Daily Development for
Wednesday, August 5, 1997

by: Patrick A. Randolph, Jr.
Professor of Law
UMKC School of Law

BANKRUPTCY; FRAUDULENT CONVEYANCE: A debtor's payoff of his residential mortgage pre-petition, using a cash bequest, may be deemed a transfer by the debtor to his exempt "entireties entity" under Virginia law; because insolvency was present, the value of the pay-off could be recovered from the exempt "entity" as a fraudulent conveyance.

In re Meyer, 206 B.R. 410 (Bankr. E.D.Va. 1997).

The banks receiving the pay-off were not targeted for disgorgement (as they gave value in the form of debt satisfaction). But the Bankruptcy Court construed the statutory, marital entireties estate under Virginia law as a separate entity. Then the court found that the debtor had not merely transmuted non-exempt property into exempt property, which is almost always permissible "bankruptcy planning." Rather, the court found, the debtor had taken a cash bequest, which lay in his checking account, and with one payment had made two transfers -- to the home mortgagees, which was not avoidable, and to the "entitireties entity," which was. For purposes of fraudulent conveyance law, the value of exempt property may not be included for purposes of measuring solvency.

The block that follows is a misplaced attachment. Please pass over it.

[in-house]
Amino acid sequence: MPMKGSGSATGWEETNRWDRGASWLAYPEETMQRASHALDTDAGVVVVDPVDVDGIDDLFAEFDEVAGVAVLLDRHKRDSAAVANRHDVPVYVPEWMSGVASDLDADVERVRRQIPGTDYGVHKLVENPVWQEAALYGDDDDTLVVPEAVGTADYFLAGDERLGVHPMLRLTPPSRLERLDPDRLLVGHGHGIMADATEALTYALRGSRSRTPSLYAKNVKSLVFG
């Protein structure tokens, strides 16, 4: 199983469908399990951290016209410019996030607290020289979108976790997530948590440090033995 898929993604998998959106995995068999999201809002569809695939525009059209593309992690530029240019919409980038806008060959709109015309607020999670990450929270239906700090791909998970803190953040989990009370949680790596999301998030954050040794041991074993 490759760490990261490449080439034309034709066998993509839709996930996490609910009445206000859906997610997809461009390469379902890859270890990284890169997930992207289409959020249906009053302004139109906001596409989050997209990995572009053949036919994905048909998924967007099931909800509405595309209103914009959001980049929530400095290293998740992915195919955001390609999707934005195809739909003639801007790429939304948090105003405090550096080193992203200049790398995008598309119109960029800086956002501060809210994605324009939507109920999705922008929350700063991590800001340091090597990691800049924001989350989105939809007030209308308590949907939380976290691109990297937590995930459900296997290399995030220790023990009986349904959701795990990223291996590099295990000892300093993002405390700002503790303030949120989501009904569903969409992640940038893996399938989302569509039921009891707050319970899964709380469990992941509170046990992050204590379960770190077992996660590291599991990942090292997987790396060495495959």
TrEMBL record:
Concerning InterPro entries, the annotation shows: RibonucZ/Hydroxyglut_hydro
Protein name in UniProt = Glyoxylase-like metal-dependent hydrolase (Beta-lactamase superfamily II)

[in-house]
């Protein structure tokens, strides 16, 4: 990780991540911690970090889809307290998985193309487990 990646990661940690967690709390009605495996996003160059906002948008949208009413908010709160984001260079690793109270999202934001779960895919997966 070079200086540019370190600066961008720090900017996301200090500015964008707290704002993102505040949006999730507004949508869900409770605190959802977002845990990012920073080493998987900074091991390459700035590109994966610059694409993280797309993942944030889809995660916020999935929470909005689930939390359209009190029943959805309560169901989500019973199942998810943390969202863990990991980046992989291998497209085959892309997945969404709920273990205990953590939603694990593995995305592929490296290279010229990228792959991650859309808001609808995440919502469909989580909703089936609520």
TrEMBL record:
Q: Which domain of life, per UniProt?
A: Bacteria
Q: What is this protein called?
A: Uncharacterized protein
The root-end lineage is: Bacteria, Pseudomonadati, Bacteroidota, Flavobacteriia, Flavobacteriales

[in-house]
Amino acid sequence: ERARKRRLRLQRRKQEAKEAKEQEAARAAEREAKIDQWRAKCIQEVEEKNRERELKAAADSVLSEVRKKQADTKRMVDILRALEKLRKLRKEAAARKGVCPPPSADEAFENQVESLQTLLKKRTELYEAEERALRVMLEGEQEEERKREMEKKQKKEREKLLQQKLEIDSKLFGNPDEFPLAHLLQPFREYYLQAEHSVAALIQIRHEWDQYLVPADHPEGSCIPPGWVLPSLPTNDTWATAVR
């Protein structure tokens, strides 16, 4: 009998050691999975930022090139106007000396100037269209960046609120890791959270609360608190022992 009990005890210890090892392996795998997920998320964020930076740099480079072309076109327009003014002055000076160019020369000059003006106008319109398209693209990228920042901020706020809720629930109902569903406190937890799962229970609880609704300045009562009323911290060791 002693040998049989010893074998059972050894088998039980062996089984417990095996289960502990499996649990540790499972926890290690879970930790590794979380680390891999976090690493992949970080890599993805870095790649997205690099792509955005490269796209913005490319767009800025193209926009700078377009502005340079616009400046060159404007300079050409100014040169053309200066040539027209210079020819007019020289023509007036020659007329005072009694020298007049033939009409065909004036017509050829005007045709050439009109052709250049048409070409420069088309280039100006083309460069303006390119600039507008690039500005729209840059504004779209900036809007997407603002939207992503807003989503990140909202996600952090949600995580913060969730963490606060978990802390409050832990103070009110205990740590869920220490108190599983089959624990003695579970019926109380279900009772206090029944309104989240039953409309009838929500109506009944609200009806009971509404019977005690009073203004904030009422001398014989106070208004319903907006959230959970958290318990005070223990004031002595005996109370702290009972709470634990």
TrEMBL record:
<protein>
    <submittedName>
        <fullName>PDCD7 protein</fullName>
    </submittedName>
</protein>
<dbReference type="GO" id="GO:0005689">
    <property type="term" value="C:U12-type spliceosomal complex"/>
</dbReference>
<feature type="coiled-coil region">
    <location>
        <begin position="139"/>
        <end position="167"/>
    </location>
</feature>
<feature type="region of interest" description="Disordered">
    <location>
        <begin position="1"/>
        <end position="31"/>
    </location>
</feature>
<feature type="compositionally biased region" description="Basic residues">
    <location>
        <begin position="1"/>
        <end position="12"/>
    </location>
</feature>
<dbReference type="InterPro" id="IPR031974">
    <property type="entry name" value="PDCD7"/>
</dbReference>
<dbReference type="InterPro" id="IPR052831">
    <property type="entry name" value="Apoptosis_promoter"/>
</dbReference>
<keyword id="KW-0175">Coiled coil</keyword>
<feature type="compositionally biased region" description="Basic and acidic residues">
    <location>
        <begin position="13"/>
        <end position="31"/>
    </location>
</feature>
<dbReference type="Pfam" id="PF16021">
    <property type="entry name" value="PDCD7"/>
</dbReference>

Reporter's Comment: We leave it to members of the Virginia bar to grapple with the ingenious notion of an "exemption entity" as a real estate "transferee" under the facts of this case. The case is, in any event, an example of how not to do bankruptcy- and creditor-sensitive estate planning. A testator's desire to relieve the heirs of their home mortgage debt is a common testamentary objective; and there are at least a half-dozen ways to do it, without dumping free cash in an heir's bank account. The court found that while the testator's desire had been for the debtor to pay off the mortgages, and while the debtor felt morally obligated to do so, the testamentary instruments clearly gave the debtor the right to do anything he wanted with the money.

The opinion also discusses why two trusts with a corpus of $ 1.25 million were not includable either in the bankruptcy estate or, for purposes of the fraudulent conveyance analysis, on the debtor's financial statement, where the debtor was only a remainderman.

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